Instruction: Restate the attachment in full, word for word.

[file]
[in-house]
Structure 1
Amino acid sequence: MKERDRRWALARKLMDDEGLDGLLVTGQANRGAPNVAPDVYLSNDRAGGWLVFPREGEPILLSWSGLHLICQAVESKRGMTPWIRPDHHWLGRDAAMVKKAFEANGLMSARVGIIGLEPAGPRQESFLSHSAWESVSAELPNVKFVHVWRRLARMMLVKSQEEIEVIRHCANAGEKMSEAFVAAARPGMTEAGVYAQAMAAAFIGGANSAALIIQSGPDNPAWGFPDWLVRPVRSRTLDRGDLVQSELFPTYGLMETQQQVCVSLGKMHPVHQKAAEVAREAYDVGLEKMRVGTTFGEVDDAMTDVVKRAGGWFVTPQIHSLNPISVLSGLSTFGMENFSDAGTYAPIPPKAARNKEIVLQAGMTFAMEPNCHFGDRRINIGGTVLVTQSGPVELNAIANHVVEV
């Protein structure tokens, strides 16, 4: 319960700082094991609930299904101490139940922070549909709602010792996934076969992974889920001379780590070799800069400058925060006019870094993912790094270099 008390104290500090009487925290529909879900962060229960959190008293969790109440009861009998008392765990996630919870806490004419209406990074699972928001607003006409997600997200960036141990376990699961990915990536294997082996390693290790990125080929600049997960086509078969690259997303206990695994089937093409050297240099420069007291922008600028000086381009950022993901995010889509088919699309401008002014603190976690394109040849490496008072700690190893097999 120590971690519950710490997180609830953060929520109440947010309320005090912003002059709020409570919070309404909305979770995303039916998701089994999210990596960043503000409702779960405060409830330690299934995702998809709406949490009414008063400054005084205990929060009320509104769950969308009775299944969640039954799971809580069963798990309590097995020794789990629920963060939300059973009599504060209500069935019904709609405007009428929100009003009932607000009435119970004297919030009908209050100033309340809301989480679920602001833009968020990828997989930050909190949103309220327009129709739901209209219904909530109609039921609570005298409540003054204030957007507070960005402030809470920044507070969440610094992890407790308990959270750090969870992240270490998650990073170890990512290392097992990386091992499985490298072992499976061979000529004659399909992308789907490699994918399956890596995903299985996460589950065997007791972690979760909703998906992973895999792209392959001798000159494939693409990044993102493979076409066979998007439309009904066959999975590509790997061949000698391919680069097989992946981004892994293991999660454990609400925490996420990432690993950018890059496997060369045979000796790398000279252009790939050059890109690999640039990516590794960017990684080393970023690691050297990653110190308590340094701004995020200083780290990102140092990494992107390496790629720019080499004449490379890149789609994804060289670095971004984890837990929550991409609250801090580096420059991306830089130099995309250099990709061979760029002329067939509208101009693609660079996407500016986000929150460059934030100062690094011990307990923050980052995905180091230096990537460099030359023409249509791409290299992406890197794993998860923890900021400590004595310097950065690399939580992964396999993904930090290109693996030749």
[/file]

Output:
[in-house]
Structure 1
Amino acid sequence: MKERDRRWALARKLMDDEGLDGLLVTGQANRGAPNVAPDVYLSNDRAGGWLVFPREGEPILLSWSGLHLICQAVESKRGMTPWIRPDHHWLGRDAAMVKKAFEANGLMSARVGIIGLEPAGPRQESFLSHSAWESVSAELPNVKFVHVWRRLARMMLVKSQEEIEVIRHCANAGEKMSEAFVAAARPGMTEAGVYAQAMAAAFIGGANSAALIIQSGPDNPAWGFPDWLVRPVRSRTLDRGDLVQSELFPTYGLMETQQQVCVSLGKMHPVHQKAAEVAREAYDVGLEKMRVGTTFGEVDDAMTDVVKRAGGWFVTPQIHSLNPISVLSGLSTFGMENFSDAGTYAPIPPKAARNKEIVLQAGMTFAMEPNCHFGDRRINIGGTVLVTQSGPVELNAIANHVVEV
């Protein structure tokens, strides 16, 4: 319960700082094991609930299904101490139940922070549909709602010792996934076969992974889920001379780590070799800069400058925060006019870094993912790094270099 008390104290500090009487925290529909879900962060229960959190008293969790109440009861009998008392765990996630919870806490004419209406990074699972928001607003006409997600997200960036141990376990699961990915990536294997082996390693290790990125080929600049997960086509078969690259997303206990695994089937093409050297240099420069007291922008600028000086381009950022993901995010889509088919699309401008002014603190976690394109040849490496008072700690190893097999 120590971690519950710490997180609830953060929520109440947010309320005090912003002059709020409570919070309404909305979770995303039916998701089994999210990596960043503000409702779960405060409830330690299934995702998809709406949490009414008063400054005084205990929060009320509104769950969308009775299944969640039954799971809580069963798990309590097995020794789990629920963060939300059973009599504060209500069935019904709609405007009428929100009003009932607000009435119970004297919030009908209050100033309340809301989480679920602001833009968020990828997989930050909190949103309220327009129709739901209209219904909530109609039921609570005298409540003054204030957007507070960005402030809470920044507070969440610094992890407790308990959270750090969870992240270490998650990073170890990512290392097992990386091992499985490298072992499976061979000529004659399909992308789907490699994918399956890596995903299985996460589950065997007791972690979760909703998906992973895999792209392959001798000159494939693409990044993102493979076409066979998007439309009904066959999975590509790997061949000698391919680069097989992946981004892994293991999660454990609400925490996420990432690993950018890059496997060369045979000796790398000279252009790939050059890109690999640039990516590794960017990684080393970023690691050297990653110190308590340094701004995020200083780290990102140092990494992107390496790629720019080499004449490379890149789609994804060289670095971004984890837990929550991409609250801090580096420059991306830089130099995309250099990709061979760029002329067939509208101009693609660079996407500016986000929150460059934030100062690094011990307990923050980052995905180091230096990537460099030359023409249509791409290299992406890197794993998860923890900021400590004595310097950065690399939580992964396999993904930090290109693996030749």